Gulf Streams Stops

Written By: Charles - Jan• 30•08

-3  44% 17% 1mph WSW bar30.24 rises windchill-5  Winter

                 Waning Crescent of the Winter Moon

The day continues cold.  We reached -15.8 this morning at 6:24AM.  Since then, we’ve gained about twelve degrees. The windchill all day has been brutal. 

Kate finished cushions for the window seat in the kitchen.  I put Hilo on it while it was on Kate’s worktable to see if she would like it.  She seemed nervous.

This week I’ve slept like a rock.  An odd phrase, but apt in the nothing till morning meaning I intend here.    

Yesterday I finished Fifty Degrees, the second in Kim Stanley Robinson’s eco-thriller/near future sci-fi trilogy which begins with Forty Days of Rain and ends with Sixty Days and Counting. His Mars trilogy is better as science fiction; it’s wonderful; but, this trilogy strikes closer to home and imagines a time period when we pass some of the tipping points talked about in the news these days.  The Gulf Stream stops because the thermohaline barrier breaches.  Weather patterns swing wildly from one extreme to the other.  The West Anarctic Ice Shelf begins to leave land and drift into the ocean, causing several centimeters of sea level rise.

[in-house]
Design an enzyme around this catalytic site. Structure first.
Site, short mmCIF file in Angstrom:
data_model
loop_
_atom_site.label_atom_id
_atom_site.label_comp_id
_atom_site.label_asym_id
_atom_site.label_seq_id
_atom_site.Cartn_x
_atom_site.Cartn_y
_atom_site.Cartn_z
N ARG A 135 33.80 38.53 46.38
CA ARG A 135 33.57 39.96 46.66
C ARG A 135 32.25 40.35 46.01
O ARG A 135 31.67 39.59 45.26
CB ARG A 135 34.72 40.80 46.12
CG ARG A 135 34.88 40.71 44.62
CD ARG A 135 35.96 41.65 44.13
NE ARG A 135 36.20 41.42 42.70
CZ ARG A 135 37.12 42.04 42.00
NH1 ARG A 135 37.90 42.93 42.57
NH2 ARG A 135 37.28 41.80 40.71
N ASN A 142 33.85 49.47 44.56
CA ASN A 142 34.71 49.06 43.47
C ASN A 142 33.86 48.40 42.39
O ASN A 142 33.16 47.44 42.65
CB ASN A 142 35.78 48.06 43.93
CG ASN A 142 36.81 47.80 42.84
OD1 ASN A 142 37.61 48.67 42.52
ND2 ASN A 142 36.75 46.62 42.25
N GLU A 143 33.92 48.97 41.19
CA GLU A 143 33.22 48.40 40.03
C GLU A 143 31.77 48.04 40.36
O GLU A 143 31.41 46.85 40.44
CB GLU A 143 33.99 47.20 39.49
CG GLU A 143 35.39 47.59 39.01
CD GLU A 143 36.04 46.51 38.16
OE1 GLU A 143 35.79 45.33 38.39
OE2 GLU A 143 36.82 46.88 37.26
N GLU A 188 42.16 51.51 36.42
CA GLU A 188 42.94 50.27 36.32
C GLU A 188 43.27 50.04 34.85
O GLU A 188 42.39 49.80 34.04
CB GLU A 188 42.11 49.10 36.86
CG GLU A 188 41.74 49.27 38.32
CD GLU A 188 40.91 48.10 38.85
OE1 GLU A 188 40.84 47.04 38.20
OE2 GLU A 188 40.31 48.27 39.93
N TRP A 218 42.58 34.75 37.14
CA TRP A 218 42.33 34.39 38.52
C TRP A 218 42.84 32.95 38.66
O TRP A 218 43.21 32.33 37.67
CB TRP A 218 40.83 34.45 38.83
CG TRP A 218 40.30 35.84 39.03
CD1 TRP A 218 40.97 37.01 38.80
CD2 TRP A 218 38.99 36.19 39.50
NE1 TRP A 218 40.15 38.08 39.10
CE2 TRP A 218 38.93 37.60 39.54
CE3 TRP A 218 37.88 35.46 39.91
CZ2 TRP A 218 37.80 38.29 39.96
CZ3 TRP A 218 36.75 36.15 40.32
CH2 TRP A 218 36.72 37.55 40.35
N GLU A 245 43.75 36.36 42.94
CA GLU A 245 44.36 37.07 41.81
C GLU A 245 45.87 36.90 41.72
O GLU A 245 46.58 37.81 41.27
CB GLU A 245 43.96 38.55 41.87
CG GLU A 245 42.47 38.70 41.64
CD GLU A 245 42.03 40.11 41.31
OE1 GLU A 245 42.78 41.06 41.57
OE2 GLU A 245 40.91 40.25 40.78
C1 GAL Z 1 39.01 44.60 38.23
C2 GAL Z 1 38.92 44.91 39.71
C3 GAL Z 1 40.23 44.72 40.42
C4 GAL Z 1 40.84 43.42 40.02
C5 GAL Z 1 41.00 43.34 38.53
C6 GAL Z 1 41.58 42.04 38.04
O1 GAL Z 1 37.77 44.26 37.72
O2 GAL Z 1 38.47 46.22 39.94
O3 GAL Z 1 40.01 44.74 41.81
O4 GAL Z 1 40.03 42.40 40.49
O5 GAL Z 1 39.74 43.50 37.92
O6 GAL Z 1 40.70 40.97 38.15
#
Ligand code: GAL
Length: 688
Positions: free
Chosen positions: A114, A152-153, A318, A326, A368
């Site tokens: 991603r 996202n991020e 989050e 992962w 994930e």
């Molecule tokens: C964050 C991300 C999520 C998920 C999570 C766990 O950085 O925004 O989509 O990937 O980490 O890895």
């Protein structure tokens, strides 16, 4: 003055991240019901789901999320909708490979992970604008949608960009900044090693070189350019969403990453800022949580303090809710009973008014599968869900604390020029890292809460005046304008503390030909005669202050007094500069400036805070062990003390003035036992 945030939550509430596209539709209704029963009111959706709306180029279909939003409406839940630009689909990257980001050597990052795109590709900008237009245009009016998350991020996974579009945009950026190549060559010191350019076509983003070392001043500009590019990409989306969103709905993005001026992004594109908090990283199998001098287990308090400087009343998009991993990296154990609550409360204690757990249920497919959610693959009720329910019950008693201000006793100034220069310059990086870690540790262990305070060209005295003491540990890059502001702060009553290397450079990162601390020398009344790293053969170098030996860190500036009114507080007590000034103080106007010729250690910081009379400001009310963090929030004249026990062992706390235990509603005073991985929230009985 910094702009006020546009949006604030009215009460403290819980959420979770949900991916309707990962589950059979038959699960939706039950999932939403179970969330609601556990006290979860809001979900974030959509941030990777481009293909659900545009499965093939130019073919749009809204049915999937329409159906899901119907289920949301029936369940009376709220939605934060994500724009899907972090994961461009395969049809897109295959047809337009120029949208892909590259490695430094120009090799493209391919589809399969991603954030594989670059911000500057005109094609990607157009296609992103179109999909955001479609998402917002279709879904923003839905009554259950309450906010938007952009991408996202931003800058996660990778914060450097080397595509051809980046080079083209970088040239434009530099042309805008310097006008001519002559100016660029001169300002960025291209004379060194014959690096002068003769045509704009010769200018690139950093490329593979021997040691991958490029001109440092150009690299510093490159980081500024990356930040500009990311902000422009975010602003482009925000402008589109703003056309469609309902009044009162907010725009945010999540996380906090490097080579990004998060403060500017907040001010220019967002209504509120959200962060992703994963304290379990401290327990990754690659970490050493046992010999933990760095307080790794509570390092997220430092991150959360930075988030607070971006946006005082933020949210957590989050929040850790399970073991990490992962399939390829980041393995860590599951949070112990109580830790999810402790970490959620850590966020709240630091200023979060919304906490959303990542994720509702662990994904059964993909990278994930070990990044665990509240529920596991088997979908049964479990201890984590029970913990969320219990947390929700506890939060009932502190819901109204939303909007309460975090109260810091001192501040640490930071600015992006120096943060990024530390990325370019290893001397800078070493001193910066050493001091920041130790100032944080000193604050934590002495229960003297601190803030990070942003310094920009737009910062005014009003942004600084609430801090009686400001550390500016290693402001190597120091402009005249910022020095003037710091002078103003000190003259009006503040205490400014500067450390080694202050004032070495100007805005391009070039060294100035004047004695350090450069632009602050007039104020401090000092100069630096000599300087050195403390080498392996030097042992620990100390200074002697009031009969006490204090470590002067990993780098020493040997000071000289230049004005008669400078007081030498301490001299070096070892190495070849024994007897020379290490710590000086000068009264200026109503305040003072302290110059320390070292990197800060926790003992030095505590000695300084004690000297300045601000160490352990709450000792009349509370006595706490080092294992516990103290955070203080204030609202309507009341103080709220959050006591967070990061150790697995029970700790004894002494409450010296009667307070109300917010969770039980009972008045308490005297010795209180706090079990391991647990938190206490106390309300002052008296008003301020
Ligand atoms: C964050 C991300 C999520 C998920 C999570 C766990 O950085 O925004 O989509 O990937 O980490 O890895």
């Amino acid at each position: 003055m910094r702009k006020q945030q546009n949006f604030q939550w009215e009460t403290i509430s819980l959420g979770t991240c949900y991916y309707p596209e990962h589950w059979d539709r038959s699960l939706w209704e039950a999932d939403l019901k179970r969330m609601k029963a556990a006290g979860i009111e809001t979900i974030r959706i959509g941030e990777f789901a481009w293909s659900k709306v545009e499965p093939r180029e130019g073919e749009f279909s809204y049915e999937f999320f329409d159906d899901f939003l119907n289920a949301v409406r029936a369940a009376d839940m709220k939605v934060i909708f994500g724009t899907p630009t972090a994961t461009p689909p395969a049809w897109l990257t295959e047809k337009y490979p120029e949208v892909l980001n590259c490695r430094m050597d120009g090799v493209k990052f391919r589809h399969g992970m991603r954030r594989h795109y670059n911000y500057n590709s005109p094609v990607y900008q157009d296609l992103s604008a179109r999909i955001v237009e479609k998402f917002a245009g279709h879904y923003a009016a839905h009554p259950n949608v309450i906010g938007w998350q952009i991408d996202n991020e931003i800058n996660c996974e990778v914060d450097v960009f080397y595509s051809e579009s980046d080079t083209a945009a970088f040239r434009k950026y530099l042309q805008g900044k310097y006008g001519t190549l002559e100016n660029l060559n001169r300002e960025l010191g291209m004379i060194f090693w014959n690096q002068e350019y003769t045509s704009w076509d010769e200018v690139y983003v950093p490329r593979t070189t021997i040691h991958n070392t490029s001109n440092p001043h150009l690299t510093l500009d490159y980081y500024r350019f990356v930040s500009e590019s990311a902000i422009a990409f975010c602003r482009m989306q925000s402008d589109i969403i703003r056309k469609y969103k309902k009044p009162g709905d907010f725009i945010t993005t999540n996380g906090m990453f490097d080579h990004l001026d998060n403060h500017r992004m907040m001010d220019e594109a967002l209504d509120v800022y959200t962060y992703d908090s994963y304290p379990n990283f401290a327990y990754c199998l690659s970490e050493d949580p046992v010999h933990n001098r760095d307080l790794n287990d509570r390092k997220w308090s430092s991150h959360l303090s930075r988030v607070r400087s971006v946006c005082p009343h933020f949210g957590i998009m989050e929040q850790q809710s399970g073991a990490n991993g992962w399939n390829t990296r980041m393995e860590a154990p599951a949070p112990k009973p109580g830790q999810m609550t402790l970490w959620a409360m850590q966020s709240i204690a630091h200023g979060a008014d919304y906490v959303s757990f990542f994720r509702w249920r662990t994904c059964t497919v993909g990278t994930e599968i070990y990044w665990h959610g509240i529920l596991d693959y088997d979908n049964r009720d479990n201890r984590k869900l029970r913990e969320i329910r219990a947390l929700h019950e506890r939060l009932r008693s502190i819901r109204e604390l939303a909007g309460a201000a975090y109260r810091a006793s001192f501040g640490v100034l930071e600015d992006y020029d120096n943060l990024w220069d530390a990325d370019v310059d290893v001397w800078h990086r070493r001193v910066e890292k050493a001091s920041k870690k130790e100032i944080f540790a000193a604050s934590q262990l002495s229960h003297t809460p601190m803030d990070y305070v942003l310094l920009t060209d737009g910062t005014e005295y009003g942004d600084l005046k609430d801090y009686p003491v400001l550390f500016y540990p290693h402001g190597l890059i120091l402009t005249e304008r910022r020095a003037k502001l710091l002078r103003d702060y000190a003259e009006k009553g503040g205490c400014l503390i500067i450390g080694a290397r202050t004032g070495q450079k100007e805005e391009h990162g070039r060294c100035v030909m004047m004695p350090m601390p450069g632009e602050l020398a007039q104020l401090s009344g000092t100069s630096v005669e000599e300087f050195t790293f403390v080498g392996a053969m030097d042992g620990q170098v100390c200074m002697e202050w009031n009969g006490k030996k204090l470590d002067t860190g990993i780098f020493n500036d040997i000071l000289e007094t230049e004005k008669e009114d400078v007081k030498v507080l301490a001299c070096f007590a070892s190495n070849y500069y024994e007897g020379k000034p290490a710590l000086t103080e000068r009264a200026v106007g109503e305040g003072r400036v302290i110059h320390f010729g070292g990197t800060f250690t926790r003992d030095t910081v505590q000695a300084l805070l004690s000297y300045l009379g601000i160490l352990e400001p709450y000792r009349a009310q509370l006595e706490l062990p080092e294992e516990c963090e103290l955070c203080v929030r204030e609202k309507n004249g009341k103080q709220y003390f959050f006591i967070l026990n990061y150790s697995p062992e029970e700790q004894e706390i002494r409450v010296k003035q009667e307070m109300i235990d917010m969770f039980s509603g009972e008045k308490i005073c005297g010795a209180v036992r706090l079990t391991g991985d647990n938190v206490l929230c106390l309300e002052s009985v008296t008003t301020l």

The book imagines a loose team of scientists, policy wonks and politicians who in their various spheres create solutions and fight to realize them before the worst becomes worse.  There is also some Buddhist material, too.  The characters are interesting and make the books worth reading, as was true of the Mars trilogy.  Robinson imagines, however, a science  triumphant, even dominant which I find suspicious.  It was industrialists and technocrats who got us in this mess, with our individual complicity, and to imagine that rationalism, their primary tool, will dig us out seems suspect at the core.

The facet of it that rings true to me is the paradigmatically American approach of, keep trying until solutions come.  That the scientific will play a necessary and perhaps even lead role I don’t question.  I just don’t want an approach that leaves aside the many individual decision makers, those of us in our cars and at home with our dishwashers.  This is science-fiction, not political-fiction, or a novel of manners (though it has some aspects of this genre), so the focus is congruent, yet I want to see us stretch all the way out for solutions.

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